Help for Those Who Cannot Help Themselves

What would happen if you became unable to understand and deal with your business and financial affairs through ill-health or incapacity? How would you know that someone could be appointed to step in and manage your affairs for you? Who is there to protect and promote your financial and social well-being when you cannot care for it yourself?

The answer to these questions and more in England and Wales is likely to be the Court of Protection (CoP) and their administrative arm the Public Guardianship Office (PGO). They are branches of the Ministry of Justice charged with a duty to promote and support decision-making for those who do not have the capacity to make decisions for themselves.

All matters are dealt with professionally and total honesty and integrity is guaranteed. The Court of Protection has the powers of the High Court and can decide whether a person has the mental capacity to make decisions themselves. They will also decide issues concerning financial matters and welfare questions of those who cannot decide for themselves and will usually appoint someone to make on-going decisions. All hearings are held in private without publicity. As the Public Guardian, the CoP makes decisions based upon what is in the best interests of the person who has lost mental capacity and whom it is representing.

There are basically two separate ways of being appointed to administer the affairs of someone without the necessary capacity. The first is by being appointment in an enduring power of attorney or lasting power of attorney, which is done when the person appointing (known as the ‘donor’) has the necessary mental understanding and is able to manage their own affairs. This is probably the best and easiest route and will typically be taken by someone to appoint their children to manage their affairs when they become too old to do so themselves.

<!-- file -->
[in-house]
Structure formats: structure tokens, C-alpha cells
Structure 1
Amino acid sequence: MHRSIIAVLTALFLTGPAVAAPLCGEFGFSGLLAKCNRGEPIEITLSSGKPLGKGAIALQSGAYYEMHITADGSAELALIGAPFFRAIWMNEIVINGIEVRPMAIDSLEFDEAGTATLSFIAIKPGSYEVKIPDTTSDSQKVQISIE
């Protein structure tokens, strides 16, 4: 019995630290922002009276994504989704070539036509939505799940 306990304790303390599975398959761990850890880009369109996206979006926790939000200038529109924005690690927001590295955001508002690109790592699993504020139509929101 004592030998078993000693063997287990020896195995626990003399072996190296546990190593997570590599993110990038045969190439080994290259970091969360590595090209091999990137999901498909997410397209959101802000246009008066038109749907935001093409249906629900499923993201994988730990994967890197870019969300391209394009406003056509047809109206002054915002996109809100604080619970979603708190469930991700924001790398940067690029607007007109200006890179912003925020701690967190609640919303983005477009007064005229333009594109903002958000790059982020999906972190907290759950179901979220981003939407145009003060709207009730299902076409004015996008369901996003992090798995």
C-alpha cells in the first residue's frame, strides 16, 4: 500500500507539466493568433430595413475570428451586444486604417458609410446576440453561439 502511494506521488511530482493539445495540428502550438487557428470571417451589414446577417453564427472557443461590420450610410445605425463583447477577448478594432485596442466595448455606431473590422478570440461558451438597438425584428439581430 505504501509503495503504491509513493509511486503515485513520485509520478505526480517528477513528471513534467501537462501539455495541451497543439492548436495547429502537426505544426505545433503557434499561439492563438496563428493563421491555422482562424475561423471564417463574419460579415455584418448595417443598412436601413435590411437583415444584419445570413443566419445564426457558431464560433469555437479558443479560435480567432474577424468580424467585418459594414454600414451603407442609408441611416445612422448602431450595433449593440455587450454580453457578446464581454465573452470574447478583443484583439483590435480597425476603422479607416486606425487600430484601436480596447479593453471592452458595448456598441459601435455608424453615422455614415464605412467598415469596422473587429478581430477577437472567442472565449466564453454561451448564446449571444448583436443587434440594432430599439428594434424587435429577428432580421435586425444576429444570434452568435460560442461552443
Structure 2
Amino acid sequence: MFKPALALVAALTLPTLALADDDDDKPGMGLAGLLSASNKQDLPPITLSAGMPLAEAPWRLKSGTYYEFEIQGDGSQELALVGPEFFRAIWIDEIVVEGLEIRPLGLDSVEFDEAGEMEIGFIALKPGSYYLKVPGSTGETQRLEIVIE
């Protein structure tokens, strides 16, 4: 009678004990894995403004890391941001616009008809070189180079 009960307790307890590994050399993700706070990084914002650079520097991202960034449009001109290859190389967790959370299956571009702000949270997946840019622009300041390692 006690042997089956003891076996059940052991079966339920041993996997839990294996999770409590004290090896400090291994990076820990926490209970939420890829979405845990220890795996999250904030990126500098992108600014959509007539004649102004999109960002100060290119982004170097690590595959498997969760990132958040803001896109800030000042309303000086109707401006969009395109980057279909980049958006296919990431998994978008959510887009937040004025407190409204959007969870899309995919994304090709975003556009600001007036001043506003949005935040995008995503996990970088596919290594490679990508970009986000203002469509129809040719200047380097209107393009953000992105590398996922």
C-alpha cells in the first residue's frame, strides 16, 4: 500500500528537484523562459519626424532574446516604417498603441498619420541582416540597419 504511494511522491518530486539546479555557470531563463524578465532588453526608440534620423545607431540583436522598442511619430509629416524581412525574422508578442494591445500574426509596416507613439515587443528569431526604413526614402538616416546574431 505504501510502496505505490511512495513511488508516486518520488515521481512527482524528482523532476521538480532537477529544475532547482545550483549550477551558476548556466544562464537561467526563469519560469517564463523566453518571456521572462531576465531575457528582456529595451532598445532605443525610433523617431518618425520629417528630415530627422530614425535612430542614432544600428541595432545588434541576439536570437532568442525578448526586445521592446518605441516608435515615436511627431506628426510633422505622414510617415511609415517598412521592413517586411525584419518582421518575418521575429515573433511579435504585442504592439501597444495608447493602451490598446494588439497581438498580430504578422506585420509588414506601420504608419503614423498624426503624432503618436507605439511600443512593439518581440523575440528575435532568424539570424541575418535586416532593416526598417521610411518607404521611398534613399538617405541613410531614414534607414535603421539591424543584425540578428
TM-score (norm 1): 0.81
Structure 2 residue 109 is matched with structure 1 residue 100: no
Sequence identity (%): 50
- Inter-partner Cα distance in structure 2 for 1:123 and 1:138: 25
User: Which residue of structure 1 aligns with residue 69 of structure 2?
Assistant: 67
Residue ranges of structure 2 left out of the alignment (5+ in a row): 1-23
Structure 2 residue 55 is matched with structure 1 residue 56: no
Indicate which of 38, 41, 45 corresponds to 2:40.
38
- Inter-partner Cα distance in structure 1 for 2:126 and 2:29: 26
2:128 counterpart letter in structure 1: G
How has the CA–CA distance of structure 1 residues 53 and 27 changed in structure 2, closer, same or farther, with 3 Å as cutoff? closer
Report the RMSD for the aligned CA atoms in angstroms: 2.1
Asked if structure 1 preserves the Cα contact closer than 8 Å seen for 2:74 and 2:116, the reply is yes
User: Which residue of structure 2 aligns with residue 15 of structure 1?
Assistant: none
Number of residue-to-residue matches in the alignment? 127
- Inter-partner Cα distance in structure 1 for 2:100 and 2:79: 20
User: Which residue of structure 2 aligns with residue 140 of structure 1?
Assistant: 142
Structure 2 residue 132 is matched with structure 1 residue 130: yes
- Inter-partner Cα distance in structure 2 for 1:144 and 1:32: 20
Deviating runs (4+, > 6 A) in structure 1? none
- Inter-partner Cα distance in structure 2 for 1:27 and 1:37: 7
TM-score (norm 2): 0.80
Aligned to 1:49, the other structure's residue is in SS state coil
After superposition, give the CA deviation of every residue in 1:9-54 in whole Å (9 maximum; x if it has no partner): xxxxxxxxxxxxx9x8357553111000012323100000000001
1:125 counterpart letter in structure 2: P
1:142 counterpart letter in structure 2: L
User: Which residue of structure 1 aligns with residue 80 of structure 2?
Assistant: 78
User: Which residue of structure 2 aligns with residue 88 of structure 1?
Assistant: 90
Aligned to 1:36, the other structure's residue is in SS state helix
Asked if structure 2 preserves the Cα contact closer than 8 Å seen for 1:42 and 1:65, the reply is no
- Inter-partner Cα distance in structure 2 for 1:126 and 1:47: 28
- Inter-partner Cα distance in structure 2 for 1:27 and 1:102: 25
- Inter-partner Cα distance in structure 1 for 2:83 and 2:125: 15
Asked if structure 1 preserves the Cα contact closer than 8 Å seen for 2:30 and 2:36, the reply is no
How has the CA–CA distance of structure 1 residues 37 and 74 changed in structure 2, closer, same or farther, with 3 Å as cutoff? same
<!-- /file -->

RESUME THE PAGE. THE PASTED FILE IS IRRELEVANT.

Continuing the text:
If a person loses their mental ability without having the foresight to execute an EPA or LPA, it will be necessary for the person intending to administer the affairs to apply to the PGA for appointment as a ‘receiver’. The person applying will often be a relative, close friend, or other concerned person but it could also be the local authority or a charity.

The application will be carefully examined and the person applying will be thoroughly checked and scrutinised. An appointment would only be made following medical evidence that the person is indeed mentally unable to deal with his or her affairs. The person appointed will then have the help and support of the PGO who will supervise and check and audit financial transactions.

The role of the Court of Protection is governed by the Mental Capacity Act 2005, which has two core principles. The first is that a person is presumed to have mental capacity unless it is shown otherwise, and the other that the alternative decision maker must make the decisions in the best interests of the person who has lost capacity. It places emphasis on decision making by the person appointed rather than by the court. Resort to the court by the decision maker appointed should be avoided where possible to save costs.

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